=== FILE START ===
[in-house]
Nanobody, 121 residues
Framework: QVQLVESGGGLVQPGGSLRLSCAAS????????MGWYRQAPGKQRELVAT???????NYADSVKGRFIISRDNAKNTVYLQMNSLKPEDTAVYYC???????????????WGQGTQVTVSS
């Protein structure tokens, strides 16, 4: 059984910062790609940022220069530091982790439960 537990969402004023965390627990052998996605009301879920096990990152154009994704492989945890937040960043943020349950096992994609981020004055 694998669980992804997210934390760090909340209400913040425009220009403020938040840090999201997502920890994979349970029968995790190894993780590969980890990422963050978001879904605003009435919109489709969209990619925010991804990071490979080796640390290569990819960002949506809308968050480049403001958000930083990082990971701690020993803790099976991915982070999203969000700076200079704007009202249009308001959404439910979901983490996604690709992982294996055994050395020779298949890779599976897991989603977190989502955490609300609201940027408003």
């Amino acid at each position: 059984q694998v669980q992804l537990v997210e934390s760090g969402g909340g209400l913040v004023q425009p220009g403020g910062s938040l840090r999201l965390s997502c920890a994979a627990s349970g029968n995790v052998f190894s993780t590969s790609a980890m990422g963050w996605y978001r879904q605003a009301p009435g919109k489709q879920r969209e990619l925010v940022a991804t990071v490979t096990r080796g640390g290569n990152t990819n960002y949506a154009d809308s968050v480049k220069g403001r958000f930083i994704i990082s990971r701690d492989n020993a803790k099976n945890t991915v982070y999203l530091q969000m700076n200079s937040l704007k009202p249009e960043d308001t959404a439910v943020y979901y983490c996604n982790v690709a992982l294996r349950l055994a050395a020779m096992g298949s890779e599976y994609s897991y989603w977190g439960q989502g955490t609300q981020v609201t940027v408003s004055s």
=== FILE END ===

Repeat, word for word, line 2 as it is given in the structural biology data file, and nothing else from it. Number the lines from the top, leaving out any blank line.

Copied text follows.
Nanobody, 121 residues